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Yosef (Joseph) chose to become the most memorable leader.

The Makings of a Leader

Translated and adapted by Chaya Sara Ben Shachar

 

It's fodder for the fiction mill:  The wonder-boy born with a silver-spoon in his mouth. He leaves his lavish home to lead a corrupt life in some third world country. His arch-enemy is the nice-guy who comes from a home of poverty and embarrassing plainness.

 

When I tried to write a story like the one above, my writing teacher told me it was too clichéd. "That story has been written one too many times," she insisted. "Think again."

 

The story has been written. And rewritten. And lived and relived. The juxtaposition of good derived from bad versus bad derived from good is the story of time immemorial. It's rooted in the creation of the world itself.

 

Adam, the first man, was created in a perfect world. Living in the Garden of Eden, he didn't have to worry about a thing. Food, perfect weather, everything was there with no effort on his part. He was given one commandment, to refrain from eating from the Tree of Life and through the trickery of a conniving snake he failed in this grand test.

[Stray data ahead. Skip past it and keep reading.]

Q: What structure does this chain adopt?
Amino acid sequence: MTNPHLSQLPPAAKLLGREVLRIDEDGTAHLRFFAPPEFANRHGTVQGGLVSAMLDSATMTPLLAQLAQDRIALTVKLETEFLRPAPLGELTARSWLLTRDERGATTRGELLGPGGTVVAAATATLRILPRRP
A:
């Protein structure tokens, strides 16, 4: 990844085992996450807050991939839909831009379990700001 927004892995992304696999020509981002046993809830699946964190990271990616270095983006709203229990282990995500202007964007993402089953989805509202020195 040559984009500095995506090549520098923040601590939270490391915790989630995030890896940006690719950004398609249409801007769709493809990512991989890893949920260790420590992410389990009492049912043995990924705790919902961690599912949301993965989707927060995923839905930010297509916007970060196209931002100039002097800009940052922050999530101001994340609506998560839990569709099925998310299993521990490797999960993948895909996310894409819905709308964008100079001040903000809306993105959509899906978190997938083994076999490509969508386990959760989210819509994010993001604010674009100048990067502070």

The results of Adam's failure are felt until this very day. The world is imperfect. It's a jungle out there. Money is an object of concern; luxuries are difficult to come by. Illness is rampant, and death is an inescapable part of the human condition.

 

Just one commandment. To be fulfilled in the lap of luxury. Yet Adam was unable to withstand this test. Where does that leave us, people living way inferior lifestyles?

 

The answer to this question is in the juxtaposition at the end of the first book in the Torah. The story at the end of Genesis is the perfect flip side to the first story.

 

Yosef Hatzaddik (Joseph) had a rough childhood. Orphaned of his mother at a young age, Yosef suffered not only from her loss, but also from the jealousy of his brothers. The more that Yaakov (Jacob) showed favoritism toward this son, the more his brother's hatred toward him grew. Until they sold him as a slave and Yosef ended up in Egypt.

 

There, Yosef suffered pangs of longing for his father. Yet, from the depths of pain and yearning, Yosef rose to great heights. Coming up with a brilliant idea to save food in the face of an impending famine, Yosef is appointed viceroy of Egypt. His ideas save the world from going hungry. From rock bottom Yosef soars to the top of the mountain.

 

Yosef had every right to bemoan his fate. To hate his brothers, and to remain a slave forever. But Yosef choose not to. Instead he became a most memorable leader. Later, after reunification with his brothers, he tells them: "Indeed, you intended evil against me, [but] God designed it for good, in order to bring about what is at present to keep a great populace alive" (Genesis 50:21).

 

Greatness from out of the depths. The cliché of all times. The juxtaposition to Adam's life. It's the story of our nation's humble beginnings. It's the hope of all future generations.


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